The big day for Pinot will of course be the queen stage. This is where he has to win the race. Until now, he has only tested himself on shorter climbs that haven’t really suited him but he has always been among the best. Now he finally faces a really long climb and as bad weather is forecasted, he will find the conditions to his liking. Last year he proved his excellent climbing skills by winning the queen stages in both Switzerland and Romandie. As we haven’t been impressed by Valverde and Nibali, we think that Pinot will be the best climber here. It will all be a question of whether he can gain back enough time. The climb is hard so we think he will succeed. It is time for Pinot to win a WorldTour stage race.

 

Alejandro Valverde delivered a dominant performance in the Ruta del Sol. Nonetheless, it is hard not to be left with the impression that he is not as strong as he usually is at this time of the year. That was confirmed in Strade Bianche where he has always been among the best but this year he was never really in contention. Of course he had to do a big part of the race on Ventoso’s bike and he had cramps in the finale but it just confirms the impression that we have had since the start of the year.

 

It’s no big surprise though. Valverde will have a very heavy season and he aims for a slower start. He has deliberately held something back. Nonetheless, he can still win this race as it suits him really well. His Movistar team will be one of the strongest in the team time trial even though they miss both Adriano Malori and Jonathan Castroviejo. That will give him a head start over most of his main rivals. He can pick up bonus seconds in stages 2 and 4 if he goes for the sprints and he should be able to defend himself reasonable in the final time trial as he is usually a good prologue rider – even though this one is too flat for him.

 

The main question is whether he will be able to follow the best on stage 5. Based on his performance in Ruta del Sol he will but the level here is a lot higher. His condition is not at its best yet but his time gains from the team time trial and bonus seconds could still be enough to win the race.

 

Only one rider in the field has won the race recently. Vincenzo Nibali came out on top in both 2012 and 2013 but has had disastrous starts to the past two seasons. This year he is finally back to his best and he has already won the Tour of Oman. That has set him up nicely for this race which is his first real goal of the year.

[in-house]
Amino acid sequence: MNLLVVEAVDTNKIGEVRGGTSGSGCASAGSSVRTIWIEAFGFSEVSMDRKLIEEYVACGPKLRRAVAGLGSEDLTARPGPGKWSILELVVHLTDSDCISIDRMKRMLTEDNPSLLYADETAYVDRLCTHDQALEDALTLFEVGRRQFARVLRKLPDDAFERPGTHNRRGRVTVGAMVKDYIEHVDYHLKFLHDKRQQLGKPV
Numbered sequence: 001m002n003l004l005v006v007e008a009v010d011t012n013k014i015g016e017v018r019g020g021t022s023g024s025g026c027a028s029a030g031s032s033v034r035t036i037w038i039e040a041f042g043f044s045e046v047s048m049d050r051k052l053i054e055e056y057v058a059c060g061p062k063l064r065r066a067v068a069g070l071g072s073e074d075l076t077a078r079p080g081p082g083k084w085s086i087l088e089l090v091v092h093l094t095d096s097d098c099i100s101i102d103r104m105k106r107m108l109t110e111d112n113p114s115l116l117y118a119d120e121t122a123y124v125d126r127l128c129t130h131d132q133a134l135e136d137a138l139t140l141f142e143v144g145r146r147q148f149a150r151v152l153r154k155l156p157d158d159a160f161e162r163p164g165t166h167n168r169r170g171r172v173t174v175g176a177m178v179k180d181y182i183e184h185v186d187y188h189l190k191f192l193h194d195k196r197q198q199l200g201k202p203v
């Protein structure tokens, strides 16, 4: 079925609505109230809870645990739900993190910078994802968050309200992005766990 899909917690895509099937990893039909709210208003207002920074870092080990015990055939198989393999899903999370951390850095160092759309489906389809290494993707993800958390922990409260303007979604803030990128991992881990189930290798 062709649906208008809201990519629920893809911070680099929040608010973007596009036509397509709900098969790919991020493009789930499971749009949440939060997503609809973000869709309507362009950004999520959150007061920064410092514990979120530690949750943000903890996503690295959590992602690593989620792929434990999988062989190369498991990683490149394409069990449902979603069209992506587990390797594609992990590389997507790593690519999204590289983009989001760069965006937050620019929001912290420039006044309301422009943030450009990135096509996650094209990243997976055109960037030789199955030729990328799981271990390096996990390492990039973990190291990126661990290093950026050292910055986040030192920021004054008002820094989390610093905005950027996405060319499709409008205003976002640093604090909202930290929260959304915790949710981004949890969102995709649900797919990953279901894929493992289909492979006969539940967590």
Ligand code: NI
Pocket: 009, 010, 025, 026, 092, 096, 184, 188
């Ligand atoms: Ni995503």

However, the race in Oman was not as competitive as it usually is and he had a hard time beating Romain Bardet on the Green Mountain. Furthermore, he was riding pretty poorly in both Strade Bianche and GP Larciano where he admitted that he wasn’t feeling good.

 

Furthermore, Astana don’t have a strong team for the team time trial and he will lose time to both van Garderen and Valverde on the opening day. In this kind of ITT, he is at the same level as Pinot and Valverde but will lose more time to van Garderen. To win the race he will have to be clearly the best climber. On paper he is but we doubt that his form is good enough at the moment. On the other hand, he is clearly at a much higher level and he knows how to time his form for his big goal. He may still come out flying.

 

On paper this race suits Tejay van Garderen excellently. BMC are probably the favourites for the team time trial and van Garderen is the best time triallist among the GC contenders. This gives the American a great chance to finally win a big stage race and it will all come down to his climbing abilities.

 

Van Garderen has improved his climbing a lot and last year he nearly matched Chris Froome in the Dauphiné. If he is at the same level, he will win this race. However, he was far off Valverde’s pace in the Ruta del Sol and he has often suffered in March, especially in cold conditions. He will have to take another step up to win this race. With Valverde being so much stronger than him in Spain, we doubt that things will have changed enough for him to actually win the race but the podium should be almost a guarantee.

 

Bauke Mollema was second in this race 12 months ago and he hopes to finally step onto the top step in a big stage race. There is little doubt that he is again very competitive as he was flying in the Ruta del Sol where he finished second in the queen stage.

 

For this race, he can count on a very strong team for the team time trial. Trek always seem to disappoint in the team time trials but on paper they should be one of the best and could actually win the opening stage. That will give Mollema a head start and then it is all about defending himself in the queen stage. If he has improved since Ruta del Sol, he will be one of the very best. He has improved his time trialling since joining Trek but he can still expect to lose some time to the four big favourites. Ultimately, it may not be enough to win but the in-form Dutchman will be up there.

 

Wout Poels had an amazing start to the year as he claimed a dominant win in Volta a la Comunitat Valenciana. However, he was far from that level in the Ruta del Sol. He confirmed his improved time trialling in that race but he suffered on the climb. Last year he proved that he has developed into one of the very best climbers in the world but he seems to lack a bit on the long climbs that are not very steep. Monte San Vicino is exactly that type of climb.

 

Last year he was in the leader’s jersey in the queen stage but he was unable to follow the best and we could very well see a repeat of that performance. On the other hand, he is clearly a lot stronger now. Sky have a very strong team for the team time trial and his improved TT skills will serve him well even though the course for the time trial doesn’t suit him. It won’t be impossible for Poels to win this race.